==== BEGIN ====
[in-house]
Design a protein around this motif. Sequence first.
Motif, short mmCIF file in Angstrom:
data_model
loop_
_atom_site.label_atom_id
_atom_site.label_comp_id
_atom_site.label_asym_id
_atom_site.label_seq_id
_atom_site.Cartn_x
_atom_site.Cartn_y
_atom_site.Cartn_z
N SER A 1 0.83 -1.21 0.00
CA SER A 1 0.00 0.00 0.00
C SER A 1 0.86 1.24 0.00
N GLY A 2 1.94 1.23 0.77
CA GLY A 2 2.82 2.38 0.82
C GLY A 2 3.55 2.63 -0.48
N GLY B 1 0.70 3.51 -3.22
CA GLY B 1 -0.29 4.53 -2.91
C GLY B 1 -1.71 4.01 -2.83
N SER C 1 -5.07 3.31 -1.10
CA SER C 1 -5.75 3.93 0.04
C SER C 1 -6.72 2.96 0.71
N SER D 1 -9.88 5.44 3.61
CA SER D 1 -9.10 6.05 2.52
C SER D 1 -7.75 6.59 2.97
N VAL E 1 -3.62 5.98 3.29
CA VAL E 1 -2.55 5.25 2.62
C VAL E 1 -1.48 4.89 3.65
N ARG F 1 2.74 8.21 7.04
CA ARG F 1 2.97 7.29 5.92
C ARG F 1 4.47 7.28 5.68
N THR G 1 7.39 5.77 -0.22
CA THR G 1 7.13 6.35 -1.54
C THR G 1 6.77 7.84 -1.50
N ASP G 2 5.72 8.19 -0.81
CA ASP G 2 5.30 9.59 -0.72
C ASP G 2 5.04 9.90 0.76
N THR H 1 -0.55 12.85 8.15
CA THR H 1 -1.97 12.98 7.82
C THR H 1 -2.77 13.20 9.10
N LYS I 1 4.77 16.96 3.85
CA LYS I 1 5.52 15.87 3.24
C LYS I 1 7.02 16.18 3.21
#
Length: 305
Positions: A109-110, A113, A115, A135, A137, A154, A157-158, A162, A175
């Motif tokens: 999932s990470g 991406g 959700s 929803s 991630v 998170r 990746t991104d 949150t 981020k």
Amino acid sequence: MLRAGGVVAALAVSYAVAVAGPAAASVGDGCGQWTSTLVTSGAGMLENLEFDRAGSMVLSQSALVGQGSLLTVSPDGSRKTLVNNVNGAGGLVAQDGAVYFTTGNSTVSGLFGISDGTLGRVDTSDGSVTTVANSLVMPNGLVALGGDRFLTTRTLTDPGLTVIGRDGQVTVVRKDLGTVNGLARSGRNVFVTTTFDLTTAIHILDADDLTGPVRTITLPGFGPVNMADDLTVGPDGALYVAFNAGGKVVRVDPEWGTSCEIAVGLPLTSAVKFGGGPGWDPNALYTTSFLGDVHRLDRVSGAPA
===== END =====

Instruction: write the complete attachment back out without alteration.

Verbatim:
[in-house]
Design a protein around this motif. Sequence first.
Motif, short mmCIF file in Angstrom:
data_model
loop_
_atom_site.label_atom_id
_atom_site.label_comp_id
_atom_site.label_asym_id
_atom_site.label_seq_id
_atom_site.Cartn_x
_atom_site.Cartn_y
_atom_site.Cartn_z
N SER A 1 0.83 -1.21 0.00
CA SER A 1 0.00 0.00 0.00
C SER A 1 0.86 1.24 0.00
N GLY A 2 1.94 1.23 0.77
CA GLY A 2 2.82 2.38 0.82
C GLY A 2 3.55 2.63 -0.48
N GLY B 1 0.70 3.51 -3.22
CA GLY B 1 -0.29 4.53 -2.91
C GLY B 1 -1.71 4.01 -2.83
N SER C 1 -5.07 3.31 -1.10
CA SER C 1 -5.75 3.93 0.04
C SER C 1 -6.72 2.96 0.71
N SER D 1 -9.88 5.44 3.61
CA SER D 1 -9.10 6.05 2.52
C SER D 1 -7.75 6.59 2.97
N VAL E 1 -3.62 5.98 3.29
CA VAL E 1 -2.55 5.25 2.62
C VAL E 1 -1.48 4.89 3.65
N ARG F 1 2.74 8.21 7.04
CA ARG F 1 2.97 7.29 5.92
C ARG F 1 4.47 7.28 5.68
N THR G 1 7.39 5.77 -0.22
CA THR G 1 7.13 6.35 -1.54
C THR G 1 6.77 7.84 -1.50
N ASP G 2 5.72 8.19 -0.81
CA ASP G 2 5.30 9.59 -0.72
C ASP G 2 5.04 9.90 0.76
N THR H 1 -0.55 12.85 8.15
CA THR H 1 -1.97 12.98 7.82
C THR H 1 -2.77 13.20 9.10
N LYS I 1 4.77 16.96 3.85
CA LYS I 1 5.52 15.87 3.24
C LYS I 1 7.02 16.18 3.21
#
Length: 305
Positions: A109-110, A113, A115, A135, A137, A154, A157-158, A162, A175
């Motif tokens: 999932s990470g 991406g 959700s 929803s 991630v 998170r 990746t991104d 949150t 981020k």
Amino acid sequence: MLRAGGVVAALAVSYAVAVAGPAAASVGDGCGQWTSTLVTSGAGMLENLEFDRAGSMVLSQSALVGQGSLLTVSPDGSRKTLVNNVNGAGGLVAQDGAVYFTTGNSTVSGLFGISDGTLGRVDTSDGSVTTVANSLVMPNGLVALGGDRFLTTRTLTDPGLTVIGRDGQVTVVRKDLGTVNGLARSGRNVFVTTTFDLTTAIHILDADDLTGPVRTITLPGFGPVNMADDLTVGPDGALYVAFNAGGKVVRVDPEWGTSCEIAVGLPLTSAVKFGGGPGWDPNALYTTSFLGDVHRLDRVSGAPA